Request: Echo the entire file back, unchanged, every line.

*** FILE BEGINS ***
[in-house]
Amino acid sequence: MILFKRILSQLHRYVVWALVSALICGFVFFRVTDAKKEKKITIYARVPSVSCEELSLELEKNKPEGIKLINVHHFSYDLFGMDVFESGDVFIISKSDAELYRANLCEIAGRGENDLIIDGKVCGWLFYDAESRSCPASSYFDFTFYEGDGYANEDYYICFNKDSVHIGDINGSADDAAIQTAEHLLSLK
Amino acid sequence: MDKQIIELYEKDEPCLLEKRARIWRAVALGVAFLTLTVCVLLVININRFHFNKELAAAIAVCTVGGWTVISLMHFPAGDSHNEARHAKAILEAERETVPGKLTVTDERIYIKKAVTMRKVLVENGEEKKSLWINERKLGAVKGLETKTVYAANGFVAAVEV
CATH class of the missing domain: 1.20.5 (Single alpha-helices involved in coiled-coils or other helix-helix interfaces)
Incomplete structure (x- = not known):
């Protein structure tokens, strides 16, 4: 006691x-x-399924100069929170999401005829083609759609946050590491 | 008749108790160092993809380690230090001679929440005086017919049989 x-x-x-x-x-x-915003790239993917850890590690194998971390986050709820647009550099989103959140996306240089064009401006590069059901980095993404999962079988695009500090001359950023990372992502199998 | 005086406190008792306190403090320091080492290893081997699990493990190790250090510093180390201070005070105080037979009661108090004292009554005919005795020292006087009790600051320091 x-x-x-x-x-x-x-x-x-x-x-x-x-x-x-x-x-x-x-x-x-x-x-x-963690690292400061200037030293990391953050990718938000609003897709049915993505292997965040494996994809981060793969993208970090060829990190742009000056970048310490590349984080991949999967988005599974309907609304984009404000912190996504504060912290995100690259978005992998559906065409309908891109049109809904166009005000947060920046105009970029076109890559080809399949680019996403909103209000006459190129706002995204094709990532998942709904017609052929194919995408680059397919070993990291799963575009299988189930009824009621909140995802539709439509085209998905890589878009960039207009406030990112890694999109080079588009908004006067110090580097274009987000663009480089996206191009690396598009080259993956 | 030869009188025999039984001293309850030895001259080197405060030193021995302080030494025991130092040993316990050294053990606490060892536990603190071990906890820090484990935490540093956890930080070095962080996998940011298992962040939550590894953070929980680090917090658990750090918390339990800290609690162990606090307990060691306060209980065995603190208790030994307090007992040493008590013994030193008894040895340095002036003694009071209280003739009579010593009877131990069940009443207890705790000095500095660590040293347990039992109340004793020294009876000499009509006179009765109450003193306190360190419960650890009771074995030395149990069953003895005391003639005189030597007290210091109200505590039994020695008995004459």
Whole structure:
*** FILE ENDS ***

[in-house]
Amino acid sequence: MILFKRILSQLHRYVVWALVSALICGFVFFRVTDAKKEKKITIYARVPSVSCEELSLELEKNKPEGIKLINVHHFSYDLFGMDVFESGDVFIISKSDAELYRANLCEIAGRGENDLIIDGKVCGWLFYDAESRSCPASSYFDFTFYEGDGYANEDYYICFNKDSVHIGDINGSADDAAIQTAEHLLSLK
Amino acid sequence: MDKQIIELYEKDEPCLLEKRARIWRAVALGVAFLTLTVCVLLVININRFHFNKELAAAIAVCTVGGWTVISLMHFPAGDSHNEARHAKAILEAERETVPGKLTVTDERIYIKKAVTMRKVLVENGEEKKSLWINERKLGAVKGLETKTVYAANGFVAAVEV
CATH class of the missing domain: 1.20.5 (Single alpha-helices involved in coiled-coils or other helix-helix interfaces)
Incomplete structure (x- = not known):
């Protein structure tokens, strides 16, 4: 006691x-x-399924100069929170999401005829083609759609946050590491 | 008749108790160092993809380690230090001679929440005086017919049989 x-x-x-x-x-x-915003790239993917850890590690194998971390986050709820647009550099989103959140996306240089064009401006590069059901980095993404999962079988695009500090001359950023990372992502199998 | 005086406190008792306190403090320091080492290893081997699990493990190790250090510093180390201070005070105080037979009661108090004292009554005919005795020292006087009790600051320091 x-x-x-x-x-x-x-x-x-x-x-x-x-x-x-x-x-x-x-x-x-x-x-x-963690690292400061200037030293990391953050990718938000609003897709049915993505292997965040494996994809981060793969993208970090060829990190742009000056970048310490590349984080991949999967988005599974309907609304984009404000912190996504504060912290995100690259978005992998559906065409309908891109049109809904166009005000947060920046105009970029076109890559080809399949680019996403909103209000006459190129706002995204094709990532998942709904017609052929194919995408680059397919070993990291799963575009299988189930009824009621909140995802539709439509085209998905890589878009960039207009406030990112890694999109080079588009908004006067110090580097274009987000663009480089996206191009690396598009080259993956 | 030869009188025999039984001293309850030895001259080197405060030193021995302080030494025991130092040993316990050294053990606490060892536990603190071990906890820090484990935490540093956890930080070095962080996998940011298992962040939550590894953070929980680090917090658990750090918390339990800290609690162990606090307990060691306060209980065995603190208790030994307090007992040493008590013994030193008894040895340095002036003694009071209280003739009579010593009877131990069940009443207890705790000095500095660590040293347990039992109340004793020294009876000499009509006179009765109450003193306190360190419960650890009771074995030395149990069953003895005391003639005189030597007290210091109200505590039994020695008995004459």
Whole structure: